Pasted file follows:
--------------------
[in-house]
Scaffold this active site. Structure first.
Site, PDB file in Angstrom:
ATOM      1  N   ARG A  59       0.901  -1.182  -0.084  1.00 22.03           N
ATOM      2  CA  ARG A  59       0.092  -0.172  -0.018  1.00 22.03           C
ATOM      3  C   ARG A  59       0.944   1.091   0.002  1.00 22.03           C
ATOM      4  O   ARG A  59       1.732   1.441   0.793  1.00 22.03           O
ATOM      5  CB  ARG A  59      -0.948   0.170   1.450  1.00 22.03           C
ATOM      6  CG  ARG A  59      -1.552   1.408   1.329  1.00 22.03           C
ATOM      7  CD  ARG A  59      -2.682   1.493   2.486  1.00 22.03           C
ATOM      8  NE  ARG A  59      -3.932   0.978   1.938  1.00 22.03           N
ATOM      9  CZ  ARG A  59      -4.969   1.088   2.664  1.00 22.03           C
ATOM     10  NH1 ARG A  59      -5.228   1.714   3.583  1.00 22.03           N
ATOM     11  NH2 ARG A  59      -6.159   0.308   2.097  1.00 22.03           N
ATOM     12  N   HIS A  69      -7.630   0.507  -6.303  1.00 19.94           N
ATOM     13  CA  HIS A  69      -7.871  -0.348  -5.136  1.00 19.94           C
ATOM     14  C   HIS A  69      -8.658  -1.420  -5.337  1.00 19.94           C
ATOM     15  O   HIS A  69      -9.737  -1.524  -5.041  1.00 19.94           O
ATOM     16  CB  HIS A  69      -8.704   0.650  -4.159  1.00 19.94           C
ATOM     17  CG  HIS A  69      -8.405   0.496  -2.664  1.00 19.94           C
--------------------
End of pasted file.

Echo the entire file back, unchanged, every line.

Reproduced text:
[in-house]
Scaffold this active site. Structure first.
Site, PDB file in Angstrom:
ATOM      1  N   ARG A  59       0.901  -1.182  -0.084  1.00 22.03           N
ATOM      2  CA  ARG A  59       0.092  -0.172  -0.018  1.00 22.03           C
ATOM      3  C   ARG A  59       0.944   1.091   0.002  1.00 22.03           C
ATOM      4  O   ARG A  59       1.732   1.441   0.793  1.00 22.03           O
ATOM      5  CB  ARG A  59      -0.948   0.170   1.450  1.00 22.03           C
ATOM      6  CG  ARG A  59      -1.552   1.408   1.329  1.00 22.03           C
ATOM      7  CD  ARG A  59      -2.682   1.493   2.486  1.00 22.03           C
ATOM      8  NE  ARG A  59      -3.932   0.978   1.938  1.00 22.03           N
ATOM      9  CZ  ARG A  59      -4.969   1.088   2.664  1.00 22.03           C
ATOM     10  NH1 ARG A  59      -5.228   1.714   3.583  1.00 22.03           N
ATOM     11  NH2 ARG A  59      -6.159   0.308   2.097  1.00 22.03           N
ATOM     12  N   HIS A  69      -7.630   0.507  -6.303  1.00 19.94           N
ATOM     13  CA  HIS A  69      -7.871  -0.348  -5.136  1.00 19.94           C
ATOM     14  C   HIS A  69      -8.658  -1.420  -5.337  1.00 19.94           C
ATOM     15  O   HIS A  69      -9.737  -1.524  -5.041  1.00 19.94           O
ATOM     16  CB  HIS A  69      -8.704   0.650  -4.159  1.00 19.94           C
ATOM     17  CG  HIS A  69      -8.405   0.496  -2.664  1.00 19.94           C